Jeff Carpenter's picture

That's awesome to hear! Follow your passion and as long as you stick with it, you will do great things!

I'm going to have to go ahead and say that clients are becoming increasingly more concerned with the price than the quality these days. So while it may drive you to get better, most people are working harder for less money now because there's too many people and trying to underbid to get the job is common now.

Jeff Carpenter's picture

some clients are definitely more concerned with money over quality but there are definitely plenty of clients out there that are willing to pay a premium price for quality work. It sucks being underbid for a job but the only thing we can do is move on and find another gig.

My personal dealings are with commercial clients in the fashion world. This is affecting people at the top of the game even. Meisel, Liebowitz, Klein, etc... All taking massive pay cuts. Day rates are a fraction of what they used to be. Clients all crying about only having a low budget and trying to milk you for whatever they can because they know the next person would be happy to have the job if you don't comply. It has nothing to do with marketing to a target market better. It has to do with clients creating competition for less pay because there is an oversaturation of "photographers" now. And they care less about quality and more about quantity now because of media outlets like instagram.

Nicole York's picture

That's when you need to know who your target market is and do a better job marketing to them ;)

Jeff Carpenter's picture

Solid point Nicole, marketing to the correct audience is huge! In my case that becomes a little difficult to do because I own a media company that does pretty much all forms a visual media. We tend to spread ourselves very thin at times. I wouldn't recommend that if you want to keep your hair haha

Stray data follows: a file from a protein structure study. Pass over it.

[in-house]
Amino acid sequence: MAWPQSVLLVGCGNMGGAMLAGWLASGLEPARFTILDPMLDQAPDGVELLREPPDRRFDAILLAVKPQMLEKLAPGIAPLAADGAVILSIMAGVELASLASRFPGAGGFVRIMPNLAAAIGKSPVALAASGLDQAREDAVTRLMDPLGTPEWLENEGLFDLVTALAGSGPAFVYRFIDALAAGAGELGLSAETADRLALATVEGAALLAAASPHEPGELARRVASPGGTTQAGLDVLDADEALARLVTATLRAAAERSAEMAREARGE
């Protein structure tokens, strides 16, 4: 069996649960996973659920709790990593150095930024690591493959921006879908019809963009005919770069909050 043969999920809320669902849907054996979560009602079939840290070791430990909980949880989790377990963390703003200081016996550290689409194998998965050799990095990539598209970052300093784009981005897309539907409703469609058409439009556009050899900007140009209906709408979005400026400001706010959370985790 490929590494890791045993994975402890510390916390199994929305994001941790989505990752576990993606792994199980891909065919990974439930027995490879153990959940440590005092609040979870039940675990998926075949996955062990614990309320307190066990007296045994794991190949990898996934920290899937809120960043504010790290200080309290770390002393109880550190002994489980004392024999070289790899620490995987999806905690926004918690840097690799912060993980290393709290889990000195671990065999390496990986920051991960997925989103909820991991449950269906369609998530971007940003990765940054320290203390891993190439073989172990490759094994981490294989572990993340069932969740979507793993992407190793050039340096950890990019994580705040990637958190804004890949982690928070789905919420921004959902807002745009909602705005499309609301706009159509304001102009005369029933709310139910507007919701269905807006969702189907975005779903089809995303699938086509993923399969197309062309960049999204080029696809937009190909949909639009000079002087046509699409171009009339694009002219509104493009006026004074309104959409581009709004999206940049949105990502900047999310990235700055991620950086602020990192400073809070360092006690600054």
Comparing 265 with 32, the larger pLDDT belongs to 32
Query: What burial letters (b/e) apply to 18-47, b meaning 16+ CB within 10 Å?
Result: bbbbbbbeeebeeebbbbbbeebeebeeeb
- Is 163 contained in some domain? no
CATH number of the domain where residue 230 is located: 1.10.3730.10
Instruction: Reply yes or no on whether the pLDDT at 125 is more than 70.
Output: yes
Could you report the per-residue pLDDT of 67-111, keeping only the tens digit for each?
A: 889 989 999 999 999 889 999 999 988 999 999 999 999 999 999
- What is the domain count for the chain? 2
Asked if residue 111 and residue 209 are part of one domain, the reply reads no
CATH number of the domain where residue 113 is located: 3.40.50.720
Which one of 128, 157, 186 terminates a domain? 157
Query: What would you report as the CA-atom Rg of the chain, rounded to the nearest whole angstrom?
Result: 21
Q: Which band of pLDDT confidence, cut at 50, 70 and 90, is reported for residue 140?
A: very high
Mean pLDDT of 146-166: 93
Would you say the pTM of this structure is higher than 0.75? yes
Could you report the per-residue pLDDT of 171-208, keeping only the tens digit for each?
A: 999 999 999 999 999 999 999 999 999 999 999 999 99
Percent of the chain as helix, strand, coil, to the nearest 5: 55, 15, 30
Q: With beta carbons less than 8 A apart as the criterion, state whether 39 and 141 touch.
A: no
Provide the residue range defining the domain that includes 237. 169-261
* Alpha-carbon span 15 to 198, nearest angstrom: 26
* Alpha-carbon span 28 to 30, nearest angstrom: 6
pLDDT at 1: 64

Chris Adval's picture

Competition doesn't always incentivises photographers to get better. That is only if the buyers see the value in craft than prices. Granted this varies in geographic areas, but in mine, its the dollar value. Price wars wins the race. Nobody but me offers something above the standard photography service, at least in my specialty senior portrait experiences.

Jeff Carpenter's picture

You're absolutely right, geography plays a huge part! In my market there is a lot of corporate clients that I can go after that are willing to pay more for premium services. I understand that not everyone has that luxury but sometimes you have to adapt your style in order to get those jobs that other photographers may not be going after.

I completely agree that competition makes you better.
I live in fear that I will deliver work that is just ho-hum. I hate looking at so-so images and I am always trying to figure out how to make things better.
Even if I don't get hired I want to feel I did the best I could at all times.

And the plain truth is that if you are satisfied with where you are you will get bored pretty fast or you will find that the goal posts moved....a lot.

Jeff Carpenter's picture

That is exactly right! I'm so glad I live in a market where I can be pushed to get better by other photographers. I grew up in a small town and all the photogs that are consistently working there are happy with their work being just OK because they get the jobs anyway. They're not forced to get better. Also, their clientele is used to sub-par work being the standard so it's kind of a catch 22 for people in that situation.

Jacqueline Neuwirth's picture

Hello, I was wondering if you would share what brand of lighting you are using in the Apollo modifier in the top photo of this story and if you are using any deflector plates for the main light. Also, can you share your lighting set up for the Realtor shot, was that one or two lights? thank you!

Jeff Carpenter's picture

Hey thanks for reading Jacqueline! In the title image I was just using a single Yongnuo speedlight inside the Apollo Orb. The Orb has a silver reflective surface inside of it and you shoot your flash into it to create a nice soft light. As for the realtor shot, I was using the same modifier camera left. The sun comeing through the trees acted as a hair light. Hope that helps!

Richard Berry's picture

I think the issue that is being overlooked here is what Jeff said in the last two sentences of the next to the last paragraph. It is the value that WE see in the work we do. Our customers also see it too. That is why they'll choose us instead our the lower priced competitors. I'm just starting out with my business and I felt I should set my prices just a little lower than my competition because I have less experience. After reading this article, I now know that my clients won't see my lower prices as someone who has less experience but as someone who doesn't value his work as much as the other guys do.